By generating electricity without the air and water pollution associated with fossil fuels, wind energy has an overwhelmingly positive effect on human health. As noted above, a 2008 National Academy of Sciences study found that the hidden costs of fossil fuels, largely health costs, amount to $120 billion each year. In addition, air pollution from coal-fired power plants has been variously estimated to cause between 10,000 and 20,000 premature deaths annually.
Reducing pollution: A large body of government data and numerous studies by independent transmission system operators conclusively shows that the emissions savings of adding wind energy to the utility system are substantially larger than had been expected. The following fact sheet summarizes this information: The Facts About Wind Energy and Emissions.
Jobs: Addressed below under benefits. Also, Mr. Driessen cites a discredited petro-funded report on green jobs in Spain. Here are some links on that, most dating from the report's publication in 2009:
Spanish jobs study fact sheet
Critique of Spanish jobs study by (U.S.) National Renewable Energy Laboratory
Blog article summarizing NREL critique
“Fox hosts author of discredited study to bash green jobs,” September 1, 2011, Media Matters
Utility system reliability: The output of wind plants is aggregated with all of the other changes in electricity supply and demand on a massive interstate power grid. Even though many of those sources of supply and demand are changing unpredictably (think of factories coming on and offline, people turning air conditioners on and off, fossil-fired power plants breaking down unexpectedly), together their combined output is stable and manageable. In fact, the primary reason the utility system exists in the first place is to provide stable electricity supply to many users despite supply and demand variations.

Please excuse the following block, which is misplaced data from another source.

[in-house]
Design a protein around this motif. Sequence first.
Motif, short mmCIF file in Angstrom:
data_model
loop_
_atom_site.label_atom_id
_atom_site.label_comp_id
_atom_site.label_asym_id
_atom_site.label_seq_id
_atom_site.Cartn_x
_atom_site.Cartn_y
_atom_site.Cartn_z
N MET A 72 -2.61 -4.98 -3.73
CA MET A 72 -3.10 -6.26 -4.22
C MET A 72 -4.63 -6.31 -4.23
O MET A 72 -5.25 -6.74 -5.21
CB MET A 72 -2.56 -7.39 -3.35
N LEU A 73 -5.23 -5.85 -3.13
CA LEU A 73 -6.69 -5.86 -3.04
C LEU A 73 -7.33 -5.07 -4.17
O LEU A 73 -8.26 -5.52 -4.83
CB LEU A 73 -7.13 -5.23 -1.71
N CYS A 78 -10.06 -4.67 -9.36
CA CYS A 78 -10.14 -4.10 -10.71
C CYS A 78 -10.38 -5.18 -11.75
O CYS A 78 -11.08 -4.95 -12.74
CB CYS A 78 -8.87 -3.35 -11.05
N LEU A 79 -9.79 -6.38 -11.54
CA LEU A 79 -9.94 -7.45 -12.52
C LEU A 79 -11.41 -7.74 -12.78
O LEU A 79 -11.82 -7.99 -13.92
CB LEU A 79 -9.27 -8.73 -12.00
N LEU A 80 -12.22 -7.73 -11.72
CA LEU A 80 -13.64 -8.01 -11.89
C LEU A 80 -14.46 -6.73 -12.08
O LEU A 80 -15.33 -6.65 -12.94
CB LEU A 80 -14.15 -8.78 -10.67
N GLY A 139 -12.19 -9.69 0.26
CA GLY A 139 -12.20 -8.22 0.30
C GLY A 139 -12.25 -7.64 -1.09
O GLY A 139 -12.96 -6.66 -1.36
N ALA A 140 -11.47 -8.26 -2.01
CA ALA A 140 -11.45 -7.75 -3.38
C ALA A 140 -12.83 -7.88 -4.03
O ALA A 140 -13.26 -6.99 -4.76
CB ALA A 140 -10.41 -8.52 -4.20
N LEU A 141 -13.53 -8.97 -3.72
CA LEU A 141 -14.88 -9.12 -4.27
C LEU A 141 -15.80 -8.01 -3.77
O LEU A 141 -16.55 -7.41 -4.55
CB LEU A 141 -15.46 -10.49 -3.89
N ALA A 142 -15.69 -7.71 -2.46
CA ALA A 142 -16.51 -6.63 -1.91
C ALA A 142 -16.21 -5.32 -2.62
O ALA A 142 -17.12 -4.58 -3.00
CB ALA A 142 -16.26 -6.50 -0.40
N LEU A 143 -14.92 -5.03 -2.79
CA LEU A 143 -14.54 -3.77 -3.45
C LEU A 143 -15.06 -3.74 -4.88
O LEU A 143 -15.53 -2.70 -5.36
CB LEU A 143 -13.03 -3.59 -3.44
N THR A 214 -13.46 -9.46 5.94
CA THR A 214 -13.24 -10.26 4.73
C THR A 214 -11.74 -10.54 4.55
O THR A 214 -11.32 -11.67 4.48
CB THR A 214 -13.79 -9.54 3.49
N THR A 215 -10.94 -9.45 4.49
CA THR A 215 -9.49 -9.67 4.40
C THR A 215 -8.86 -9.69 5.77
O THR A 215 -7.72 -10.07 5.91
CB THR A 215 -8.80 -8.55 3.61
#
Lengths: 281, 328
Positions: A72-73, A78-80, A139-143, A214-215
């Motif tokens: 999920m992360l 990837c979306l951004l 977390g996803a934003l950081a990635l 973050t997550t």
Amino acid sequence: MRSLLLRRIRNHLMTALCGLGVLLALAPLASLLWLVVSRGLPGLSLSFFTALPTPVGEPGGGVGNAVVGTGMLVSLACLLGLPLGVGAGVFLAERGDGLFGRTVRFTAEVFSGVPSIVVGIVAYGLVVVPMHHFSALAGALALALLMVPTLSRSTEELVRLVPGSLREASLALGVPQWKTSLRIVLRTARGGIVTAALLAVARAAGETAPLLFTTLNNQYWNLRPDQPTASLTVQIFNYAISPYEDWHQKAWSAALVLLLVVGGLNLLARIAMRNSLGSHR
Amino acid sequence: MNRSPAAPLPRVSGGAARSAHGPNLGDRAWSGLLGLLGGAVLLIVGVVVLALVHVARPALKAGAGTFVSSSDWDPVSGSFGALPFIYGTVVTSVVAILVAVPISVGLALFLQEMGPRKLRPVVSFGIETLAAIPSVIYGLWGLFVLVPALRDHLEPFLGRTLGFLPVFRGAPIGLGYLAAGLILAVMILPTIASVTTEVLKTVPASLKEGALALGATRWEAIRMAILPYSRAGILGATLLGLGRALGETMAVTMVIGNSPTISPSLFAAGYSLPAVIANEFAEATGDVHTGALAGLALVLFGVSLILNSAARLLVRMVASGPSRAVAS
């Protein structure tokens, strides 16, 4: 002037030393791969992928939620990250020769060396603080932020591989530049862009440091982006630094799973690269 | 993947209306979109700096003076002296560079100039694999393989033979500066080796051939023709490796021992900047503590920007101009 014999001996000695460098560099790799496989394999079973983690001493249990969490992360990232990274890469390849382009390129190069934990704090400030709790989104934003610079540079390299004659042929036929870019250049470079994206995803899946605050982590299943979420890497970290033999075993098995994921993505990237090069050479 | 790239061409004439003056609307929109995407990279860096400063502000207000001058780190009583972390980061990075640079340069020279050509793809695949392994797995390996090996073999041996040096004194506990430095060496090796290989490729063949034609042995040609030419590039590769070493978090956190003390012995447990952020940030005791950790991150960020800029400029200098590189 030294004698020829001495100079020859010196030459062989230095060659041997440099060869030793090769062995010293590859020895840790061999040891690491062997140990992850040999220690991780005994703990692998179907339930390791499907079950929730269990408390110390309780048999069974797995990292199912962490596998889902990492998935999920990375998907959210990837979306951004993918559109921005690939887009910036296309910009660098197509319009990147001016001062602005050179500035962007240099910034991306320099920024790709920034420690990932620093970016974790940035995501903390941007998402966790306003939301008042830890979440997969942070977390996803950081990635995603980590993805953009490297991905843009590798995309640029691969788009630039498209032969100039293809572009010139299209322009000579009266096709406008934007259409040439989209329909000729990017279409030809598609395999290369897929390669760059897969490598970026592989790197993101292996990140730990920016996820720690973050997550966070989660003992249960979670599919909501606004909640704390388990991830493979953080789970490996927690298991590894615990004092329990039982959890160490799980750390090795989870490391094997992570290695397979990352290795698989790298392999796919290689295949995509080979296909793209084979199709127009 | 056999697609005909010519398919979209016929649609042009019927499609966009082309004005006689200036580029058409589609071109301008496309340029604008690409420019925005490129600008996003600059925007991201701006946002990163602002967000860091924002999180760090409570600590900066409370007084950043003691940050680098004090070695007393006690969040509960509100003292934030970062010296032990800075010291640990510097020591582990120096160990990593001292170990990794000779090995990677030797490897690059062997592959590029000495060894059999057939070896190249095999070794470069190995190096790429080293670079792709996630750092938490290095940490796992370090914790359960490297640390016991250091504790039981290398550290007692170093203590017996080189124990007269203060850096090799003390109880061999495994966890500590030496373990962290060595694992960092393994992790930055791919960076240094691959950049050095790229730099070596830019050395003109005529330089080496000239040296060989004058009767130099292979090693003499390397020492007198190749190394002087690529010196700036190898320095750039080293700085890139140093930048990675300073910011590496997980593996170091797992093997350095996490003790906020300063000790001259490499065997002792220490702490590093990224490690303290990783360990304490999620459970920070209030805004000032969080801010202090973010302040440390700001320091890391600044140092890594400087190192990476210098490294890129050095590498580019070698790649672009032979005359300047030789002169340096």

Compared to other changes in supply and demand, both land-based and offshore wind are relatively easy for utility system operators to integrate, because changes in wind energy output occur slowly and are predictable. In fact, it would be far more appropriate to talk about the need to back up large fossil and nuclear power plants. They are the ones that experience large, immediate, and unexpected outages, requiring system operators to keep 1,000-plus megawatts of fast acting, expensive and inefficient standby generation ready 24/7 in case one of those plants goes down.
Benefits of wind power: Mr. Driessen omits mention of these. According to the Department of Energy report, if wind power generated 20 percent of U.S. electricity:
– The wind energy industry would support 500,000 jobs.
– America's electricity supply would become substantially more diversified, with wind displacing 50% of the natural gas and 18% of the coal that would otherwise be burned in power plants.
– Wind farm developers would pay more than $600 million annually in rent to family farmers, ranchers and others around the country, providing a long-term steady income source. See the stories of Iowa farmer Tim Hemphill and Wyoming rancher Shaun Sims for examples.
– Wind farm developers would pay more than $1.5 billion in property taxes.
– The use of increasingly scarce fresh water by the electric sector would be reduced by 17%, because wind uses virtually no water, in contrast to every other form of utility-scale energy generation, all of which use large amounts.
– Many other impacts of our existing energy system–from mining and transportation of fuels and from waste disposal–would also be reduced.
Negative impacts of our existing energy system: Mr. Driessen also omits any mention of these, but they range from the nuclear catastrophe still unfolding in Japan to gas pipeline explosions, the air pollution that kills thousands of Americans each year, and many, many more.